Yesterday on my way to work, I was listening to an author being interviewed on NPR. The interviewer asked her what book had been most significant in effecting her own writing, and her interest in literature. She said that as a child, her father had kept the book "Arabian Nights" under lock and key, and told her that it was too erotic for a child to read. Of course, she figured out how to unlock that cabinet and would read the book in a closet with a flashlight whenever her father was busy.
I thought to myself, "Brilliant!" If this is a good technique on how to interest kids in things, (a little reverse psychology, if you will), then how could we use it to help kids in their faith? Should we lock the Bible away (in plain sight)? Should we forbid them to go to Mass? It's an interesting thought.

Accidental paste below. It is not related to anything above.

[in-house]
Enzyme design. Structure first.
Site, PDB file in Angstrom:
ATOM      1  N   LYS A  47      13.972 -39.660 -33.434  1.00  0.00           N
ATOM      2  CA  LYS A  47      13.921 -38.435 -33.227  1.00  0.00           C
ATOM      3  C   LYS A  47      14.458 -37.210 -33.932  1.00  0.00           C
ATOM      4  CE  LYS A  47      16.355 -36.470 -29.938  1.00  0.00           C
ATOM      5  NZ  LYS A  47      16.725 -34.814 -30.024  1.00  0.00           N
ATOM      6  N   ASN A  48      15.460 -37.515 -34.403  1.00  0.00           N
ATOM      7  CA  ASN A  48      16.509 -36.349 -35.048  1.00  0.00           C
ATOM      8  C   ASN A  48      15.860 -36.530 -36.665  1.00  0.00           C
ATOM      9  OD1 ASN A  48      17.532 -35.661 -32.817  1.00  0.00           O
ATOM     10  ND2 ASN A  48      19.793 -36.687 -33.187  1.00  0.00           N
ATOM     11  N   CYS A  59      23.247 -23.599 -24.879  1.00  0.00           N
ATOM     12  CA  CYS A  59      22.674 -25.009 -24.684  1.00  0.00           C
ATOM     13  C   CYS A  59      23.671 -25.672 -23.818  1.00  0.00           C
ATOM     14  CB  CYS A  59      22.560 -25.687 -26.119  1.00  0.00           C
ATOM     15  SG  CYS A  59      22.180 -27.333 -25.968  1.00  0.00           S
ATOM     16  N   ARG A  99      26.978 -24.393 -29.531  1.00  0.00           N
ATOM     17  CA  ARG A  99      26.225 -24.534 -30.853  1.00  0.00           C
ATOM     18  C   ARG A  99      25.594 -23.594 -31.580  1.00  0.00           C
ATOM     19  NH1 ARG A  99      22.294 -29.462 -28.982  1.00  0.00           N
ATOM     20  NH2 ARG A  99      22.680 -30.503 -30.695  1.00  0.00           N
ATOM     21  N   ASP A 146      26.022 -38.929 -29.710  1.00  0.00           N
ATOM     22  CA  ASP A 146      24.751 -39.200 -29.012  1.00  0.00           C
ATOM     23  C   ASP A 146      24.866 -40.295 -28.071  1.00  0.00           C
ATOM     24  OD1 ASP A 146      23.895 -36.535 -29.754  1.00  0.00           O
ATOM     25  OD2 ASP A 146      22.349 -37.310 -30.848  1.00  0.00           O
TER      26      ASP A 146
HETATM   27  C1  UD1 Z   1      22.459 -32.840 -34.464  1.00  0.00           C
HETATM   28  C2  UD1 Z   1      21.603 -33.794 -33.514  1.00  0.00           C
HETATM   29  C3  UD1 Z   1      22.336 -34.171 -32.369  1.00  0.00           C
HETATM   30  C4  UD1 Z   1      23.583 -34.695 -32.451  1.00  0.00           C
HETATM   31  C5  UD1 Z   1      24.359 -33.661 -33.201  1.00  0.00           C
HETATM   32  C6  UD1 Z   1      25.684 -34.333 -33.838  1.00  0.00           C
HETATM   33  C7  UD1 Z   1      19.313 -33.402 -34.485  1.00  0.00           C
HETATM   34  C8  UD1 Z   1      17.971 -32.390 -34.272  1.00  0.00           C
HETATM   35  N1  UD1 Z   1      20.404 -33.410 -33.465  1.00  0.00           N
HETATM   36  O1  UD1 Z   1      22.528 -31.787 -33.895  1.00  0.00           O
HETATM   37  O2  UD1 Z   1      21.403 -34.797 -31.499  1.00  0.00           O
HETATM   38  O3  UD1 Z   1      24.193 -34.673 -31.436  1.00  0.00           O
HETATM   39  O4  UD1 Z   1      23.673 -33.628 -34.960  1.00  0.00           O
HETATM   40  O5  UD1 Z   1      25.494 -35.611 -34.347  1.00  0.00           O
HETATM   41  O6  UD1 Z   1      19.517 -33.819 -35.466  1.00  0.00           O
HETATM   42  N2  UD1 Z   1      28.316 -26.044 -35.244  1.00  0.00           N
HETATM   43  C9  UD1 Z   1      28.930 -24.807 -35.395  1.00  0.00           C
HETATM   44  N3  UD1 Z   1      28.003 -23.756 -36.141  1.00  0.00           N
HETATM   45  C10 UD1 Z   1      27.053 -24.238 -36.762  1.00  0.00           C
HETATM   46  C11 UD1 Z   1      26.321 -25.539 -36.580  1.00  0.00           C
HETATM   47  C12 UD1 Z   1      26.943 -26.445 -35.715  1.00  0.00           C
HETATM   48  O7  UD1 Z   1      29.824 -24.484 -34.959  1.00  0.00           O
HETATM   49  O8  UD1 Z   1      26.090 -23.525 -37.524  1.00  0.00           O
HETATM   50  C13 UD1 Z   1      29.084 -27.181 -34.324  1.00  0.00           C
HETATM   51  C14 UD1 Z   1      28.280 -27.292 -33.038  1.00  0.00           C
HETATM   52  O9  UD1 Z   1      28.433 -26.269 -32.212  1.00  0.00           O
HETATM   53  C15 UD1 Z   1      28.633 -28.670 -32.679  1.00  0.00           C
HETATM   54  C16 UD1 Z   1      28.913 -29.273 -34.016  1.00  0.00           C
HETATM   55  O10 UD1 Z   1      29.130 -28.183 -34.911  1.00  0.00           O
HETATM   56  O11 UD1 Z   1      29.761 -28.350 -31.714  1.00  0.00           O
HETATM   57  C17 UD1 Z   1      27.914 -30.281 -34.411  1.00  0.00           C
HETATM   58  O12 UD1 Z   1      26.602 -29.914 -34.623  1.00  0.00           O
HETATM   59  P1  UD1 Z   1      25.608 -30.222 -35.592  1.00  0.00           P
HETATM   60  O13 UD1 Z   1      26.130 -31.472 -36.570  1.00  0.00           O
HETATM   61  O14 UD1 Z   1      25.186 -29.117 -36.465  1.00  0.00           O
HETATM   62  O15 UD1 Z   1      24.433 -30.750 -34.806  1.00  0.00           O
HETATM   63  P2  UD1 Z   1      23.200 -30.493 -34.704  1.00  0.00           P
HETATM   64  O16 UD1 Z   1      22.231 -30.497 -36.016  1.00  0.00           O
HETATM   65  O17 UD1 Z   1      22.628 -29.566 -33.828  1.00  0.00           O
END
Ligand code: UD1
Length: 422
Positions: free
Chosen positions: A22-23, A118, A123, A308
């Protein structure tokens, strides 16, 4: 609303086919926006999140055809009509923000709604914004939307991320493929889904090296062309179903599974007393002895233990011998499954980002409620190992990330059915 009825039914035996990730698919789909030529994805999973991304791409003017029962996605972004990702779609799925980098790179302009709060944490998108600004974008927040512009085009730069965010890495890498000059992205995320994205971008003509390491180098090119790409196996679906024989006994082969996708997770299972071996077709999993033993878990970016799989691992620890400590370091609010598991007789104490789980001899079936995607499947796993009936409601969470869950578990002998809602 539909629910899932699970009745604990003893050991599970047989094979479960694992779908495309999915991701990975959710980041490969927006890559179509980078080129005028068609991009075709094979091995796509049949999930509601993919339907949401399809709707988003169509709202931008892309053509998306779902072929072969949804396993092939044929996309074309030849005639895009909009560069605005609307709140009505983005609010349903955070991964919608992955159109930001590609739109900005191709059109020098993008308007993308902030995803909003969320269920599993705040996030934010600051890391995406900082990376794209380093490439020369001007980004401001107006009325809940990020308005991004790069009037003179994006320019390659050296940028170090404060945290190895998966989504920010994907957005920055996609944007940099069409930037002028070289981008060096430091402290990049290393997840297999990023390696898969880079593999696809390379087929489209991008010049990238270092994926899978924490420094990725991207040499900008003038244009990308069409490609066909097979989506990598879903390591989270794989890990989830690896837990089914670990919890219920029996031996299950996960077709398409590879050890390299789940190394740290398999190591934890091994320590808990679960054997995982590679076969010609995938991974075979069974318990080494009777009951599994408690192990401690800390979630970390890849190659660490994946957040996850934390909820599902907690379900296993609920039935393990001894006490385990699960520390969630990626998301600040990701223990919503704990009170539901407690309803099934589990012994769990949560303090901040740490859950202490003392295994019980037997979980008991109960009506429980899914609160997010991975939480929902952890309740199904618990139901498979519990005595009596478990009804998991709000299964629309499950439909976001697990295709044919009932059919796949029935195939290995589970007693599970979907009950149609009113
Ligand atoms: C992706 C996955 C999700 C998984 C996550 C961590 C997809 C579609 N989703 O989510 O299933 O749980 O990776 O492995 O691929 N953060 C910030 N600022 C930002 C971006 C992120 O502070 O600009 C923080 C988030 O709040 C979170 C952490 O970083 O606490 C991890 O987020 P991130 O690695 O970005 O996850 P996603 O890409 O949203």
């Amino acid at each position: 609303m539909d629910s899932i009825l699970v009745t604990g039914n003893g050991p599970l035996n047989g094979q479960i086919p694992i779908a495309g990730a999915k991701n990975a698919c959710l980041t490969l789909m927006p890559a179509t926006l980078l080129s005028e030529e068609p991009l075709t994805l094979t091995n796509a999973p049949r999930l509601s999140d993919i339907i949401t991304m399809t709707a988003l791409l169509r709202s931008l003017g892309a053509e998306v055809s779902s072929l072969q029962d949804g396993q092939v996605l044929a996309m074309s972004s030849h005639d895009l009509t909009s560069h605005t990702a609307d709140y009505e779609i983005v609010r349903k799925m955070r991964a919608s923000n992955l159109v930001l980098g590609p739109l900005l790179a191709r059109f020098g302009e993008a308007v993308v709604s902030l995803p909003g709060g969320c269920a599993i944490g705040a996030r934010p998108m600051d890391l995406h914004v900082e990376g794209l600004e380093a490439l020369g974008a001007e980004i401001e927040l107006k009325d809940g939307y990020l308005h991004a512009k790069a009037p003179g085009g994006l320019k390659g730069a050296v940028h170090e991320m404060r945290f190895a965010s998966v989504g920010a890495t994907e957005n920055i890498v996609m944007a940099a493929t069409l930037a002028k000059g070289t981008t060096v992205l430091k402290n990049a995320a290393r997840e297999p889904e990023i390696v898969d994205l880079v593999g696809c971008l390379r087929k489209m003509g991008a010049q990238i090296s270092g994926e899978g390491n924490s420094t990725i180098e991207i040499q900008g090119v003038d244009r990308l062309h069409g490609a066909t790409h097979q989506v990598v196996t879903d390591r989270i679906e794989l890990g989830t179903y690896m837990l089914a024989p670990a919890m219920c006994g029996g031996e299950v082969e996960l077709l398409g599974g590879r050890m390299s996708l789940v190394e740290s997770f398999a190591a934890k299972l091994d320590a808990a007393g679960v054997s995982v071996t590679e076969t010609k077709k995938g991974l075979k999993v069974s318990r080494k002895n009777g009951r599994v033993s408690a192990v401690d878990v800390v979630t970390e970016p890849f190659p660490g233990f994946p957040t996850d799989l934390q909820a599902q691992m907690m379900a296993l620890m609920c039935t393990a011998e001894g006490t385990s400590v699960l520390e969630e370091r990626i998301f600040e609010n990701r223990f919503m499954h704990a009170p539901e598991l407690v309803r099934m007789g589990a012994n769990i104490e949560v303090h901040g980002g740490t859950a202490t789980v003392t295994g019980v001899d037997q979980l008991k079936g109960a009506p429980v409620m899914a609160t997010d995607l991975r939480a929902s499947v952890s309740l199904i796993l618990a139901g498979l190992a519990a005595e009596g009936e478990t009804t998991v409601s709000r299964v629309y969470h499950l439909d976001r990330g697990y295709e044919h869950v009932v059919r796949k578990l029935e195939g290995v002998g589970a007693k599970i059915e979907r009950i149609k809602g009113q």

I met with a group of parents the other night who expressed to me real worry and concern that their kids' faith is suffering- that they are feeling unable to communicate their own beliefs to their kids, and are worried that the kids feel some level of faith, in something, but not much connection to the church. It's everyone's fear right now, the questions "Will our children have faith? Will our faith have children?"
I'm thinking of offering a book club for parents, using a book my sister gave me about adolescent faith development called Lost and Found Faith. I want to reassure parents that what they are doing is not wasted time or effort. Knowing that "developmental faith stages" has really helped me relax about what degree of urgency there really is in adolescence, as far as teaching dogma, and I bet parents would be heartened to hear the bigger picture too.